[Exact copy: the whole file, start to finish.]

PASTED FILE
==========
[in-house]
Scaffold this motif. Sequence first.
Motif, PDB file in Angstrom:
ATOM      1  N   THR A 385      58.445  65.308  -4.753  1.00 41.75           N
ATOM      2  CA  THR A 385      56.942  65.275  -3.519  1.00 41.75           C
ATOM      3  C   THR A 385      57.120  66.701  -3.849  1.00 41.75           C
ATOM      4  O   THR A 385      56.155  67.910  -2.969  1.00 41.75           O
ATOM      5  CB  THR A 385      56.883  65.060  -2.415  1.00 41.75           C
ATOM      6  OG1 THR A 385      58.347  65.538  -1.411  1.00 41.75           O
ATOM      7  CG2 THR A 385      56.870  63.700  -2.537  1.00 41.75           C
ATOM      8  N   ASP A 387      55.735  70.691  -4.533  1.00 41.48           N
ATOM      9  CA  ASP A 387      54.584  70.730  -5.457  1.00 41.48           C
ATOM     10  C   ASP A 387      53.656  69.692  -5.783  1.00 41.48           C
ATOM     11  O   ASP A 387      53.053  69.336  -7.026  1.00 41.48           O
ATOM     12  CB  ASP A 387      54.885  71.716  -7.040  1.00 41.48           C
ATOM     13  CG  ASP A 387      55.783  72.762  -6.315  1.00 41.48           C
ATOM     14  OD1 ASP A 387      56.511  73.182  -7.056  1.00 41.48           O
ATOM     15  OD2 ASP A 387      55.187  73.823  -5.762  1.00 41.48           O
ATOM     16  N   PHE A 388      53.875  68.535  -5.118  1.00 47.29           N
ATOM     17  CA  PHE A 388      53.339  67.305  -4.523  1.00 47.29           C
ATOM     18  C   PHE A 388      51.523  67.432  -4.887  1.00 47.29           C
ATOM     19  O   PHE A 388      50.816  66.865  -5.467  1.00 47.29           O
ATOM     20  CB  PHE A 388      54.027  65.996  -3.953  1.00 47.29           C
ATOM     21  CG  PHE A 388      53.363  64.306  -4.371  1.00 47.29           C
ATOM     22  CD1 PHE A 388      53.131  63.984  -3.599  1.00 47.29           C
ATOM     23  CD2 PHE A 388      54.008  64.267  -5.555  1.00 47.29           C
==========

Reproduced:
[in-house]
Scaffold this motif. Sequence first.
Motif, PDB file in Angstrom:
ATOM      1  N   THR A 385      58.445  65.308  -4.753  1.00 41.75           N
ATOM      2  CA  THR A 385      56.942  65.275  -3.519  1.00 41.75           C
ATOM      3  C   THR A 385      57.120  66.701  -3.849  1.00 41.75           C
ATOM      4  O   THR A 385      56.155  67.910  -2.969  1.00 41.75           O
ATOM      5  CB  THR A 385      56.883  65.060  -2.415  1.00 41.75           C
ATOM      6  OG1 THR A 385      58.347  65.538  -1.411  1.00 41.75           O
ATOM      7  CG2 THR A 385      56.870  63.700  -2.537  1.00 41.75           C
ATOM      8  N   ASP A 387      55.735  70.691  -4.533  1.00 41.48           N
ATOM      9  CA  ASP A 387      54.584  70.730  -5.457  1.00 41.48           C
ATOM     10  C   ASP A 387      53.656  69.692  -5.783  1.00 41.48           C
ATOM     11  O   ASP A 387      53.053  69.336  -7.026  1.00 41.48           O
ATOM     12  CB  ASP A 387      54.885  71.716  -7.040  1.00 41.48           C
ATOM     13  CG  ASP A 387      55.783  72.762  -6.315  1.00 41.48           C
ATOM     14  OD1 ASP A 387      56.511  73.182  -7.056  1.00 41.48           O
ATOM     15  OD2 ASP A 387      55.187  73.823  -5.762  1.00 41.48           O
ATOM     16  N   PHE A 388      53.875  68.535  -5.118  1.00 47.29           N
ATOM     17  CA  PHE A 388      53.339  67.305  -4.523  1.00 47.29           C
ATOM     18  C   PHE A 388      51.523  67.432  -4.887  1.00 47.29           C
ATOM     19  O   PHE A 388      50.816  66.865  -5.467  1.00 47.29           O
ATOM     20  CB  PHE A 388      54.027  65.996  -3.953  1.00 47.29           C
ATOM     21  CG  PHE A 388      53.363  64.306  -4.371  1.00 47.29           C
ATOM     22  CD1 PHE A 388      53.131  63.984  -3.599  1.00 47.29           C
ATOM     23  CD2 PHE A 388      54.008  64.267  -5.555  1.00 47.29           C